Viscoelastic modeling of brain tissue: A fractional calculus-based approach.

*(English)*Zbl 1189.74084
Ganghoffer, Jean-François (ed.) et al., Mechanics of microstructured solids. Cellular materials, fibre-reinforced solids and soft tissues. Papers based on the presentations at the 11th EUROMECH-MECAMAT conference, Torino, Italy, March 10–14, 2008. Berlin: Springer (ISBN 978-3-642-00910-5/hbk; 978-3-642-00911-2/ebook). Lecture Notes in Applied and Computational Mechanics 46, 81-90 (2009).

Summary: In recent years, the mechanical study of the brain has become a major topic in the field of biomechanics. A global biomechanical model of the brain could find applications in neurosurgery and haptic device design. It would also be useful for car makers, who could then evaluate the possible trauma due to impact. Such a model requires the design of suitable constitutive laws for the different tissues that compose the brain (i.e. for white and for gray matters, among others).

Numerous constitutive equations have already been proposed, based on linear elasticity, hyperelasticity, viscoelasticity and poroelasticity. Regarding the strong strain-rate dependence of the brain’s mechanical behaviour, we decided to describe the brain as a viscoelastic medium. The design of the constitutive law was based on the Caputo fractional derivation operator. By definition, it is a suitable tool for modeling hereditary materials. Indeed, unlike integer order derivatives, fractional (or real order) operators are non-local, which means they take the whole history of the function into account when computing the derivative at current time \(t\).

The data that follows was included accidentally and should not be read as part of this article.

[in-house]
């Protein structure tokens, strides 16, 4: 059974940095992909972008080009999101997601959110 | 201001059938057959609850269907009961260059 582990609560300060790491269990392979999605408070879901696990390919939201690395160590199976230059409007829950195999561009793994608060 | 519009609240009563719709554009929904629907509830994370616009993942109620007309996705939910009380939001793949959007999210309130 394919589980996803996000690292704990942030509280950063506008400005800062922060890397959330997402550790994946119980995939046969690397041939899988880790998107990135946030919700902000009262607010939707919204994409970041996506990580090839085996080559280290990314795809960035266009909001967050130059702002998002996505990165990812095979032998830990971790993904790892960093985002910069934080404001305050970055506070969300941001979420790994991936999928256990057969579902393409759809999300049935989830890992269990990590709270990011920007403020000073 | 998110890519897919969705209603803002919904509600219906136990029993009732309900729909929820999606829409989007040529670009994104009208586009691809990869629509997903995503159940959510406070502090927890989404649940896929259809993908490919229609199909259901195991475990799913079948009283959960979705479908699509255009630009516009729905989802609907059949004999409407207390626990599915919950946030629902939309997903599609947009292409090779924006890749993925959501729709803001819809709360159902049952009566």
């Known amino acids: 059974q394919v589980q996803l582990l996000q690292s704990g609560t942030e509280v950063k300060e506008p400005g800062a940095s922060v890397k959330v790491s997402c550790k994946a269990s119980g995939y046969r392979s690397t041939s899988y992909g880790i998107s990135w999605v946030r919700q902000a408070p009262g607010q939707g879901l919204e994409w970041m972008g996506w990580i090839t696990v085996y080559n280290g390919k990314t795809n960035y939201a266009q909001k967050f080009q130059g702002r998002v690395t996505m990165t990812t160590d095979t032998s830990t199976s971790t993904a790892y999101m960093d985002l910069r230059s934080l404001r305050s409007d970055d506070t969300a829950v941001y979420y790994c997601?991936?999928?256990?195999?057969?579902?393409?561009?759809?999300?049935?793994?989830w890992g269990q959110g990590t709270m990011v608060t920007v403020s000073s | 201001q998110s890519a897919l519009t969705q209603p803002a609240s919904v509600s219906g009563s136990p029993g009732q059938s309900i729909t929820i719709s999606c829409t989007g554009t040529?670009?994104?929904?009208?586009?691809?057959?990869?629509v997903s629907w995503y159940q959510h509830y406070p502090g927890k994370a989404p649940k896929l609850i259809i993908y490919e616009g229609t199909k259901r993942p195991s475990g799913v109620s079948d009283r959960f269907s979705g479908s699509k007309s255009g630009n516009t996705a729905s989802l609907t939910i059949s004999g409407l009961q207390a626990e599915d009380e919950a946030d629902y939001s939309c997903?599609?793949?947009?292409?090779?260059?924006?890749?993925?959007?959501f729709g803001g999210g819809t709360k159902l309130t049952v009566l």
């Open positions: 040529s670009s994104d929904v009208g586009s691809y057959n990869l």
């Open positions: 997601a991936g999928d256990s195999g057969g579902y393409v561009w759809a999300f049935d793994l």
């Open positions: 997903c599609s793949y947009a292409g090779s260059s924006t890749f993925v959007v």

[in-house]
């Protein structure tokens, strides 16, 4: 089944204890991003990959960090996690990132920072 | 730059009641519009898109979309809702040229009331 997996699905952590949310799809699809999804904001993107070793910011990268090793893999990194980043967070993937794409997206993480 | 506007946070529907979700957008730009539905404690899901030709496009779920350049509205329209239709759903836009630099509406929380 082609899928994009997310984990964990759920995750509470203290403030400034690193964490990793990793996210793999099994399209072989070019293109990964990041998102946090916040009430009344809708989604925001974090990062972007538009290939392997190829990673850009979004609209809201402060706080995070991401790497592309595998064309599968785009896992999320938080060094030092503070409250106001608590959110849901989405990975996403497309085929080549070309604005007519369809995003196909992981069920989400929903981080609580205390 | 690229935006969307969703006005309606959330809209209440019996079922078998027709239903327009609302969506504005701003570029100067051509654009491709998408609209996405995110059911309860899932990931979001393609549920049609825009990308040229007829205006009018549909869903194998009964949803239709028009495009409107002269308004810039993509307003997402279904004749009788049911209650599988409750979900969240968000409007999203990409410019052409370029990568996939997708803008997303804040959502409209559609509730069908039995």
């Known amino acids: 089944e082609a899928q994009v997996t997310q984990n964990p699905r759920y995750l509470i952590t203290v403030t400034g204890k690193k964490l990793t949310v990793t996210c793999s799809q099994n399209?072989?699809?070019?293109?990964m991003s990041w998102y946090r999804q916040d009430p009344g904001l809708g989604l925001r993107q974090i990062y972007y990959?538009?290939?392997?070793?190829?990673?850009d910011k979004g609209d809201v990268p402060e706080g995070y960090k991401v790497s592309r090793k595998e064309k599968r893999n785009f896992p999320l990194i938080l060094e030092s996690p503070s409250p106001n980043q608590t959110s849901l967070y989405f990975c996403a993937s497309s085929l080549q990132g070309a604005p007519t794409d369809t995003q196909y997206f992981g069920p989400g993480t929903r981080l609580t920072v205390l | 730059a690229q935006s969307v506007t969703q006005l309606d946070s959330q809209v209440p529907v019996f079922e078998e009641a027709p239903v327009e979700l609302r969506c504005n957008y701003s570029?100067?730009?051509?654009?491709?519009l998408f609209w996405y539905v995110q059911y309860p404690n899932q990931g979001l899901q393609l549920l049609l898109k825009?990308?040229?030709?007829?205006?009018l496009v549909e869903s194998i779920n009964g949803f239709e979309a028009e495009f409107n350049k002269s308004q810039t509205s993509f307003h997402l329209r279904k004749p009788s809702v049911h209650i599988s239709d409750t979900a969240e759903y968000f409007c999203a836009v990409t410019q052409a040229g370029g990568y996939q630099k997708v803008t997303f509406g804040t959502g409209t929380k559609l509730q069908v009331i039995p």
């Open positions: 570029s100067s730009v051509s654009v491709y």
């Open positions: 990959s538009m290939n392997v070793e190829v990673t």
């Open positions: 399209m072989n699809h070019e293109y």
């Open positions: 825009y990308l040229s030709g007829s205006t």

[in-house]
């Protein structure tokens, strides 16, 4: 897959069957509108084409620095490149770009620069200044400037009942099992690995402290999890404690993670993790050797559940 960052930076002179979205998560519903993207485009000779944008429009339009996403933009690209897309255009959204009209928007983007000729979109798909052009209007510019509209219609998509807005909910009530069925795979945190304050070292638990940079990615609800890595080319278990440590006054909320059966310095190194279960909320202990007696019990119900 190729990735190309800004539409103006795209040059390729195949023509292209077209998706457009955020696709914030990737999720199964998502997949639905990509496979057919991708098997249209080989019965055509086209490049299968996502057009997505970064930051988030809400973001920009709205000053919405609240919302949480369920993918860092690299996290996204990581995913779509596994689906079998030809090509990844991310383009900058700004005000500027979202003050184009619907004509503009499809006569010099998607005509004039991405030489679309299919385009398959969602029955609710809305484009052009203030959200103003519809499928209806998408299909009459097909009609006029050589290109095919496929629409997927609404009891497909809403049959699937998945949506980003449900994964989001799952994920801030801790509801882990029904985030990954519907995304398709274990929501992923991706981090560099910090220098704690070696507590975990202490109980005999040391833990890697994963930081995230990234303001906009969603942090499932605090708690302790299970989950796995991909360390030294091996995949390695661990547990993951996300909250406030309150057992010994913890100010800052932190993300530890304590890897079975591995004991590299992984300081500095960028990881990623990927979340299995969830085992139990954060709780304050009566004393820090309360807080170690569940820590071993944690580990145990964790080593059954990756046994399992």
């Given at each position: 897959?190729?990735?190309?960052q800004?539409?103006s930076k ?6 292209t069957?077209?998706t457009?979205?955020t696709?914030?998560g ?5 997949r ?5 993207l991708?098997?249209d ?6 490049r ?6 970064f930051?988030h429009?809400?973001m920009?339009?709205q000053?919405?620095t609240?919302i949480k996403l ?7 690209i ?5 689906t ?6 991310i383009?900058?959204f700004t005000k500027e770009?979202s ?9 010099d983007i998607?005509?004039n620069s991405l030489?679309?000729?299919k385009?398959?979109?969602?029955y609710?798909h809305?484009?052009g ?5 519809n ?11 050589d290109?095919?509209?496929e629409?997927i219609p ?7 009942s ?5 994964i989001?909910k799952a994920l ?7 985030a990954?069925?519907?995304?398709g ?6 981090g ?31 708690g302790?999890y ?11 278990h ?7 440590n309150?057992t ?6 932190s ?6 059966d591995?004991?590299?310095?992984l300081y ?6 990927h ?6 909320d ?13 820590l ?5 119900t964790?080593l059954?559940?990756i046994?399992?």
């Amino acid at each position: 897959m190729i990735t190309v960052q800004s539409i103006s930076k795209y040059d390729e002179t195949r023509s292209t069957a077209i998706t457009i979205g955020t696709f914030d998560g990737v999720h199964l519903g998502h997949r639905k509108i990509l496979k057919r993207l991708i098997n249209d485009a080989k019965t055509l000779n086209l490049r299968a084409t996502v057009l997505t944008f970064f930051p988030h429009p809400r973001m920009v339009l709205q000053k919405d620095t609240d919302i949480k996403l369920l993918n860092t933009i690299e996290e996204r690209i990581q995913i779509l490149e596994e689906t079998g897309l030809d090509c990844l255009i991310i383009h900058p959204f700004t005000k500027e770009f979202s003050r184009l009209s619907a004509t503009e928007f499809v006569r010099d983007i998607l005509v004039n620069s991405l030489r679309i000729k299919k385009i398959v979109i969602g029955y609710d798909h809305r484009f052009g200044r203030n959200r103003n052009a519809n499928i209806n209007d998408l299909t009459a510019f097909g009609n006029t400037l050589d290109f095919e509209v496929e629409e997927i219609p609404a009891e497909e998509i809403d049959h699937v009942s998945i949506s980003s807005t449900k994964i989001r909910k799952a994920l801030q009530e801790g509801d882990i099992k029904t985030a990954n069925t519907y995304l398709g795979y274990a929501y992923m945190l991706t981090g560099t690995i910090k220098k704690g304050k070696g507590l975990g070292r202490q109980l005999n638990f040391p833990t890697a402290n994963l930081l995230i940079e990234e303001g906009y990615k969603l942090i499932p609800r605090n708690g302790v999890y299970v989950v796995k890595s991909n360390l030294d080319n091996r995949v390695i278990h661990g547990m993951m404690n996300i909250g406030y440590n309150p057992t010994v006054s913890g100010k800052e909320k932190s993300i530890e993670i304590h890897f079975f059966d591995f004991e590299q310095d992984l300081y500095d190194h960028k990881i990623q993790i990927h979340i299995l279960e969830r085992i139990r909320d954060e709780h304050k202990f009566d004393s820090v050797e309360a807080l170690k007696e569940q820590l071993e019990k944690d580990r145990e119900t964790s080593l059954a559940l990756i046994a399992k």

For the entire collection see [Zbl 1189.74006].

Numerous constitutive equations have already been proposed, based on linear elasticity, hyperelasticity, viscoelasticity and poroelasticity. Regarding the strong strain-rate dependence of the brain’s mechanical behaviour, we decided to describe the brain as a viscoelastic medium. The design of the constitutive law was based on the Caputo fractional derivation operator. By definition, it is a suitable tool for modeling hereditary materials. Indeed, unlike integer order derivatives, fractional (or real order) operators are non-local, which means they take the whole history of the function into account when computing the derivative at current time \(t\).

For the entire collection see [Zbl 1189.74006].